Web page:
Things that had been important no longer are, and it’s because we have no mental energy to give these things.
Y’all, when we cross that barrier, it’s on us to right the ship.
And that’s hard to act on because we live in a society that applauds “busyness.” Most of us wear it like a badge of honor, instead of the straight jacket it is.
This ole girl has worn that badge prouder than anyone, and because I know myself, I’ll wear it again. #truth
My goals, though – to wear it less, to recognize when I’ve crossed into the land of over-ing, and to act as quickly as possible to fix it.
Dr. James Dobson, in his book Bringing Up Boys, tells of an experiment the French naturalist Jean-Henri Fabre conducted many years ago with caterpillars. The caterpillars crawled in a circle along the edge of a flower pot, one after another, for days. At Day 4, Fabre placed pine needles in the center of the pot, a favorite food of these caterpillars. But instead of breaking rank, they kept moving in the circle, following one another, until finally dying of starvation.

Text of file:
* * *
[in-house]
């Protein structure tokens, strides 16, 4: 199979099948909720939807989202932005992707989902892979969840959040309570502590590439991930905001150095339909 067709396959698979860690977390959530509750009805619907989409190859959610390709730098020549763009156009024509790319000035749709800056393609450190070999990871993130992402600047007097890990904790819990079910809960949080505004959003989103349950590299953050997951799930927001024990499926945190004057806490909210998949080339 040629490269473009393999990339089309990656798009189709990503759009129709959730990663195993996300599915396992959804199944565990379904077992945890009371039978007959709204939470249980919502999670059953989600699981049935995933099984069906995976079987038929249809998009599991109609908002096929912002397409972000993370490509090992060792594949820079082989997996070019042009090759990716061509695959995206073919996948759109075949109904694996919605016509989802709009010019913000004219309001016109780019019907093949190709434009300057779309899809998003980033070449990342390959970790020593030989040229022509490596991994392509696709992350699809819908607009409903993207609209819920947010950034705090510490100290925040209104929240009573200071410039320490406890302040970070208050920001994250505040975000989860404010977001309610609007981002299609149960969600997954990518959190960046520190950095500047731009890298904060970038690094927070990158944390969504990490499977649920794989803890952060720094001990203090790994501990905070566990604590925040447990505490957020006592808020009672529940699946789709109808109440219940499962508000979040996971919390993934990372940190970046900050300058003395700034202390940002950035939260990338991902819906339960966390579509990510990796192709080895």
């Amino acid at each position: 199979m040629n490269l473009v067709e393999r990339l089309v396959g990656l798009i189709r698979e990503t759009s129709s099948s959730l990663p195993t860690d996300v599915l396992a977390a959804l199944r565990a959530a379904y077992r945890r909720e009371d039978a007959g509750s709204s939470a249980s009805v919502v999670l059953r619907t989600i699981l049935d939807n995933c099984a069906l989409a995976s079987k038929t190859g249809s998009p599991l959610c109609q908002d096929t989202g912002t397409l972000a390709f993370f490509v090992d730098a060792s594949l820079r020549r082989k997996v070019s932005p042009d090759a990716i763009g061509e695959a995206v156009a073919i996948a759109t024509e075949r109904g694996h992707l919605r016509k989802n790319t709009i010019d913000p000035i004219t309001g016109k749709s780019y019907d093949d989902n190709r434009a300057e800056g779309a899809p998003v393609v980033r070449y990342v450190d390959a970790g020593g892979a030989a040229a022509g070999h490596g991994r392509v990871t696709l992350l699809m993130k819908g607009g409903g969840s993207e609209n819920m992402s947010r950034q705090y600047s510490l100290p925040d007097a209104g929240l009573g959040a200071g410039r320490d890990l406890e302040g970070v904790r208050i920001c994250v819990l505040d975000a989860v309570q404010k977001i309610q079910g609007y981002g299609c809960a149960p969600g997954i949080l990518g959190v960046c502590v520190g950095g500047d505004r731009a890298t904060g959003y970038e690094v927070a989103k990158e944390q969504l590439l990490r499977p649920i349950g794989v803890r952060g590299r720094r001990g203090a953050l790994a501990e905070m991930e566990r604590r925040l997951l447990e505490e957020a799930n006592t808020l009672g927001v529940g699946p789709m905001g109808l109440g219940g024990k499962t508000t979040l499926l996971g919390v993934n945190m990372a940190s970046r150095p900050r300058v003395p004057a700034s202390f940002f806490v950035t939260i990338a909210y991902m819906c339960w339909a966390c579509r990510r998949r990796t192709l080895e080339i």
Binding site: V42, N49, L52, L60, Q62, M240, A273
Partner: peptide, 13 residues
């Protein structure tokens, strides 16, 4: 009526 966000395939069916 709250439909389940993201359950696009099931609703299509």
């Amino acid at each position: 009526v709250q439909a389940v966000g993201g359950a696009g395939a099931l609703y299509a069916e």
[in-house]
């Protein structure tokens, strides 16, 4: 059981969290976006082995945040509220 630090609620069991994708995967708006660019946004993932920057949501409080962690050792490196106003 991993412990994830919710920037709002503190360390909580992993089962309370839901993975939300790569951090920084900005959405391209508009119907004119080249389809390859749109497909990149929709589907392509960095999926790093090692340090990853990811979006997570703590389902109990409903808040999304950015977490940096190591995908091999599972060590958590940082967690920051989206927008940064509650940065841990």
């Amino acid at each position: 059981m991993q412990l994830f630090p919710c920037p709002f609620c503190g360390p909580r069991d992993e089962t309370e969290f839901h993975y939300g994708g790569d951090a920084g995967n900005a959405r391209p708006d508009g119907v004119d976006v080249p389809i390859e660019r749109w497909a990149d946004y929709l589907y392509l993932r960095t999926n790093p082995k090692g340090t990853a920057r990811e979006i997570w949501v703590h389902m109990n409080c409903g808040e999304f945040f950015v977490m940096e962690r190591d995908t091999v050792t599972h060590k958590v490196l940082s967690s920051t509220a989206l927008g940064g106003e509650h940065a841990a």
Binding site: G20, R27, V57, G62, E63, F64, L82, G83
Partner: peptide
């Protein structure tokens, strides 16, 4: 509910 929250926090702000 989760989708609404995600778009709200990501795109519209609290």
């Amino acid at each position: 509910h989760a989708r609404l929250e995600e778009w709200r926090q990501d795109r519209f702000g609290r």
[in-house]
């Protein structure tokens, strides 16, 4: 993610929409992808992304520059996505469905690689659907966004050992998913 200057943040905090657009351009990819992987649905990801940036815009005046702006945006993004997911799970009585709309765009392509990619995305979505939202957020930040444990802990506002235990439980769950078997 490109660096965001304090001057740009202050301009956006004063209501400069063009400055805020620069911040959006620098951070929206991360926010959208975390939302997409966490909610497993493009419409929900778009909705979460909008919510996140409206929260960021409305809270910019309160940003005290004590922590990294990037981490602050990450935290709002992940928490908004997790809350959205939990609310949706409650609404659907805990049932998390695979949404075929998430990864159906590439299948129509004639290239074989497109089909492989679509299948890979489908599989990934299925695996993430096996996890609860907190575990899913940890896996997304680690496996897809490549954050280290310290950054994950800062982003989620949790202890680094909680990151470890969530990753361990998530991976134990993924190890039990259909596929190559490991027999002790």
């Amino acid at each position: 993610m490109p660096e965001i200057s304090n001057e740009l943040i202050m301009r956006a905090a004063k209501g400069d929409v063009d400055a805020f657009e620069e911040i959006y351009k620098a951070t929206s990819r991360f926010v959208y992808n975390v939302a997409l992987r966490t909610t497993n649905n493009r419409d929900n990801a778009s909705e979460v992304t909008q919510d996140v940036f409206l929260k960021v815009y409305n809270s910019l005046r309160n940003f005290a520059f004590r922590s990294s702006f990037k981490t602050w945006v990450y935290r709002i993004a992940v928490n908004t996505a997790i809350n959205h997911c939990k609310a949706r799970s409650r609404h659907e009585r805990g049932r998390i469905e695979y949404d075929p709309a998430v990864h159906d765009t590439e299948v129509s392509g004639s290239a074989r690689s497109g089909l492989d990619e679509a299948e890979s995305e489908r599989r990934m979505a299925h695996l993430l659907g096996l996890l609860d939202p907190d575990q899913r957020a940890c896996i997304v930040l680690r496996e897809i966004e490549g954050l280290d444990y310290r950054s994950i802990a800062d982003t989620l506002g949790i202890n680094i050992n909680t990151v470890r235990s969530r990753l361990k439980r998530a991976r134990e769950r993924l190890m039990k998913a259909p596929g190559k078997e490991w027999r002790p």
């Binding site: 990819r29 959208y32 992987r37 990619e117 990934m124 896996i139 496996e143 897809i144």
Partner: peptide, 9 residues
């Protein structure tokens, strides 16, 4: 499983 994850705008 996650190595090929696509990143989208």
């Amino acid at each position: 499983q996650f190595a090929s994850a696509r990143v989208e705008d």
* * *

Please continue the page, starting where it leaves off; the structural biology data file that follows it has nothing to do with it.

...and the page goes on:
Dobson makes the point that in today’s society many of us act like these caterpillars. We just go along with the idea of “busyness,” marching around in a circle, without realizing that we can break rank. And, we would be better for it.
This post is dedicated to all you over-ers…you overachievers, overdoing mamas, over-extending-yourself women. This mama understands you…because I am you. But, today I am breaking rank. I am admitting my mistake, and I fixed it.
I know I’ll over commit again; it’s in my nature. I pray, though, that I recognize it sooner and leave less debris in my path. I pray this for you as well, my overachieving friend.